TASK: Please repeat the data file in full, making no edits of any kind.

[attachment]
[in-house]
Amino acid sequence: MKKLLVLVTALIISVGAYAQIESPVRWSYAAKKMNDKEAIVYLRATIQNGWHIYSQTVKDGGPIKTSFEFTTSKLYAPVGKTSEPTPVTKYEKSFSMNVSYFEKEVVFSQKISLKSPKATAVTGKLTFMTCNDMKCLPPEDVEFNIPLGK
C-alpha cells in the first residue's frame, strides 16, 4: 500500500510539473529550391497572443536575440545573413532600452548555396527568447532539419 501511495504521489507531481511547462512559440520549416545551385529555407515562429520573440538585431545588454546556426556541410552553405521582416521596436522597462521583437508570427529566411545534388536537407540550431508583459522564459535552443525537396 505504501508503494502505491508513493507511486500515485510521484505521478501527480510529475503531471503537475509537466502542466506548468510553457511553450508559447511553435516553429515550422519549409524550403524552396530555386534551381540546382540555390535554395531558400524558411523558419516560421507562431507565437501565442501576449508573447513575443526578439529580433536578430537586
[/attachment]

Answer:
[in-house]
Amino acid sequence: MKKLLVLVTALIISVGAYAQIESPVRWSYAAKKMNDKEAIVYLRATIQNGWHIYSQTVKDGGPIKTSFEFTTSKLYAPVGKTSEPTPVTKYEKSFSMNVSYFEKEVVFSQKISLKSPKATAVTGKLTFMTCNDMKCLPPEDVEFNIPLGK
C-alpha cells in the first residue's frame, strides 16, 4: 500500500510539473529550391497572443536575440545573413532600452548555396527568447532539419 501511495504521489507531481511547462512559440520549416545551385529555407515562429520573440538585431545588454546556426556541410552553405521582416521596436522597462521583437508570427529566411545534388536537407540550431508583459522564459535552443525537396 505504501508503494502505491508513493507511486500515485510521484505521478501527480510529475503531471503537475509537466502542466506548468510553457511553450508559447511553435516553429515550422519549409524550403524552396530555386534551381540546382540555390535554395531558400524558411523558419516560421507562431507565437501565442501576449508573447513575443526578439529580433536578430537586